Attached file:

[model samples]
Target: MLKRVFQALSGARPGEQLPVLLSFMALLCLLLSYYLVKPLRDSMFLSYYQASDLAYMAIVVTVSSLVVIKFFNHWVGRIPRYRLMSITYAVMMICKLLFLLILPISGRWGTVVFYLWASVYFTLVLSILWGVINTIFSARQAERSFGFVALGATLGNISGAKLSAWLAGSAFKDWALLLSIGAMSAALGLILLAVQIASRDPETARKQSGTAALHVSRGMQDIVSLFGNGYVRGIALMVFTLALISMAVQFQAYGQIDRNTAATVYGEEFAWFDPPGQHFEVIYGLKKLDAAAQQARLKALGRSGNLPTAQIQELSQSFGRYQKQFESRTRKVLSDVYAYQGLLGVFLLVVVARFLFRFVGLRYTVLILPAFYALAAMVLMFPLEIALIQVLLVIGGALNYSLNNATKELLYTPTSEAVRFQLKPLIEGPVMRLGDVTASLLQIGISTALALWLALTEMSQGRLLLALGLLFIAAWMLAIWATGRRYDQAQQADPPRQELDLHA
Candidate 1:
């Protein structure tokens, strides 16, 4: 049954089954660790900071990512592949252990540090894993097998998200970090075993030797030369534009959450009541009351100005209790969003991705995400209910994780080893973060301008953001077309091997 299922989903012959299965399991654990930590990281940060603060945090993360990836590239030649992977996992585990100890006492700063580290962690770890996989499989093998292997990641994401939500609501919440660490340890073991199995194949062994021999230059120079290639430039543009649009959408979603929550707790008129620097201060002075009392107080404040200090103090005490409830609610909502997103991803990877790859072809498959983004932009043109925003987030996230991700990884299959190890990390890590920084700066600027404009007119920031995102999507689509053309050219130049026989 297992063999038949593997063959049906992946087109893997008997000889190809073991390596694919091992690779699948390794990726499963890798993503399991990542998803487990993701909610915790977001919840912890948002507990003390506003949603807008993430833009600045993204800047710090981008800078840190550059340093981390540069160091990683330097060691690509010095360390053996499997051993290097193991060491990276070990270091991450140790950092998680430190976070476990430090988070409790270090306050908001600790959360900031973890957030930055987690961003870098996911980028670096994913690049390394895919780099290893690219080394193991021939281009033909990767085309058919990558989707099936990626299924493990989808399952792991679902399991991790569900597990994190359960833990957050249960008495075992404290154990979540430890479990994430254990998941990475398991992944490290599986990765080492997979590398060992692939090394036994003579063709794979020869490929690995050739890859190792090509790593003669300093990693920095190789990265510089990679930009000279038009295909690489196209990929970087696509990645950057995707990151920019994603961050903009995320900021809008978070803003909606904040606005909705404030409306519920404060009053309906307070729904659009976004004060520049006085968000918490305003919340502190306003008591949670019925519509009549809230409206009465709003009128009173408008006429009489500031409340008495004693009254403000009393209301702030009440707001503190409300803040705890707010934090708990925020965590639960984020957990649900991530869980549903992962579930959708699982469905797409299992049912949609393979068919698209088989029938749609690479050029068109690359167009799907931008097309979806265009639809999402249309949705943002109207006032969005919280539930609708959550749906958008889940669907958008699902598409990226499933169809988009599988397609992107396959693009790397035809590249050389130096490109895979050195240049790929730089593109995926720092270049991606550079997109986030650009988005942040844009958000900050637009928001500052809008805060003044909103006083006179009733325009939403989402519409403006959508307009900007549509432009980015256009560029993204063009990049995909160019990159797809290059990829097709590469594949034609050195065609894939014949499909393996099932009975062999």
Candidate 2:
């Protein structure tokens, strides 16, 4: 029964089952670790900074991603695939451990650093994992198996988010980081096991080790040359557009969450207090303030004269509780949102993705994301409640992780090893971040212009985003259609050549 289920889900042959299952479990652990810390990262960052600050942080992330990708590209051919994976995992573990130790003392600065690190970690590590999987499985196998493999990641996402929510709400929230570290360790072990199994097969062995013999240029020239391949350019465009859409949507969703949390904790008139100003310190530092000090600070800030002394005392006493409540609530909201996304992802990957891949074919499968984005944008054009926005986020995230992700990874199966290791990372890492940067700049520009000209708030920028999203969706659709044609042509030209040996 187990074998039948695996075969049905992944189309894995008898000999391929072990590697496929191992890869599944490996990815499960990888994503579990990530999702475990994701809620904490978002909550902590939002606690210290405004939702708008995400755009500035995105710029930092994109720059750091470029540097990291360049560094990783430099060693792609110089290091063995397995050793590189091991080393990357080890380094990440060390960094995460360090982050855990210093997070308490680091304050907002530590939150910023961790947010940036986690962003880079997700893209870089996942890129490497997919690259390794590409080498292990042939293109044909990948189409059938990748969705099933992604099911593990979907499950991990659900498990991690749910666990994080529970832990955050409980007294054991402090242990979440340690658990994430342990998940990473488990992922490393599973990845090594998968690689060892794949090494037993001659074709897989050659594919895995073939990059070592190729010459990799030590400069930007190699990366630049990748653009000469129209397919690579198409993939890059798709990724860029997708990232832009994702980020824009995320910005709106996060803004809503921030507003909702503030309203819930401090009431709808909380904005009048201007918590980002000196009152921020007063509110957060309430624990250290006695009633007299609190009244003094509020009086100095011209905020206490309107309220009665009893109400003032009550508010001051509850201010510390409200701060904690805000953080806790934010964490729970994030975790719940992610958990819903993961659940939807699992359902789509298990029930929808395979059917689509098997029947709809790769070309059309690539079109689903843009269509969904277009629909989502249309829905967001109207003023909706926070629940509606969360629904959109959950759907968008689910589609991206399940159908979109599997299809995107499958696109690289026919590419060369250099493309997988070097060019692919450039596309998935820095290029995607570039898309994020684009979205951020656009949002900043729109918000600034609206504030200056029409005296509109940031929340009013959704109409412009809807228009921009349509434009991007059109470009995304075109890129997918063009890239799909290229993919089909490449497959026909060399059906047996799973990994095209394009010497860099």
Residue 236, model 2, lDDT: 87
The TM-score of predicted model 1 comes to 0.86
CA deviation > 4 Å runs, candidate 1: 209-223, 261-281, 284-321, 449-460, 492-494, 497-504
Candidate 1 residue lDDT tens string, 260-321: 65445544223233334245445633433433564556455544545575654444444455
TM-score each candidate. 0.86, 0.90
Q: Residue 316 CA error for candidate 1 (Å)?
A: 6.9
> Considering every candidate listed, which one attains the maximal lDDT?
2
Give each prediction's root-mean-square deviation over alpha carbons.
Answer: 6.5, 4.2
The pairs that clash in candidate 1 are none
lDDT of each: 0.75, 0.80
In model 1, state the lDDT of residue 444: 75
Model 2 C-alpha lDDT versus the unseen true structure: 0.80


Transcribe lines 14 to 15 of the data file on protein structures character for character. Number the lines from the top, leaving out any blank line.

> Considering every candidate listed, which one attains the maximal lDDT?
2